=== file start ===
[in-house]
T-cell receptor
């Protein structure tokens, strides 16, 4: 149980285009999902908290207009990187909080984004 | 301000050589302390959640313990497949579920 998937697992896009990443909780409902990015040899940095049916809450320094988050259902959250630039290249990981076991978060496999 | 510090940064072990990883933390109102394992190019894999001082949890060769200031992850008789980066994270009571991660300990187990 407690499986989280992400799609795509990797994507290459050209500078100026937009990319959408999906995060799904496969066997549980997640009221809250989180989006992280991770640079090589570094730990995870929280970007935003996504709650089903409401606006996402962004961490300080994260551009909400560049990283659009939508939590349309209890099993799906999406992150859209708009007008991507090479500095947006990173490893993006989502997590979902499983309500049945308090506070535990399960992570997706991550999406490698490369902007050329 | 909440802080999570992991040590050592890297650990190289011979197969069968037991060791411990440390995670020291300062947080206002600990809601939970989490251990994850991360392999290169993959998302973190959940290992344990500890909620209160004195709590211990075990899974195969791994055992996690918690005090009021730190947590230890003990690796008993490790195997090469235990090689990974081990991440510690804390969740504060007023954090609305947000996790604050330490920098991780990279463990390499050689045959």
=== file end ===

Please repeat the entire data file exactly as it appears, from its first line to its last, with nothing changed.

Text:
[in-house]
T-cell receptor
């Protein structure tokens, strides 16, 4: 149980285009999902908290207009990187909080984004 | 301000050589302390959640313990497949579920 998937697992896009990443909780409902990015040899940095049916809450320094988050259902959250630039290249990981076991978060496999 | 510090940064072990990883933390109102394992190019894999001082949890060769200031992850008789980066994270009571991660300990187990 407690499986989280992400799609795509990797994507290459050209500078100026937009990319959408999906995060799904496969066997549980997640009221809250989180989006992280991770640079090589570094730990995870929280970007935003996504709650089903409401606006996402962004961490300080994260551009909400560049990283659009939508939590349309209890099993799906999406992150859209708009007008991507090479500095947006990173490893993006989502997590979902499983309500049945308090506070535990399960992570997706991550999406490698490369902007050329 | 909440802080999570992991040590050592890297650990190289011979197969069968037991060791411990440390995670020291300062947080206002600990809601939970989490251990994850991360392999290169993959998302973190959940290992344990500890909620209160004195709590211990075990899974195969791994055992996690918690005090009021730190947590230890003990690796008993490790195997090469235990090689990974081990991440510690804390969740504060007023954090609305947000996790604050330490920098991780990279463990390499050689045959």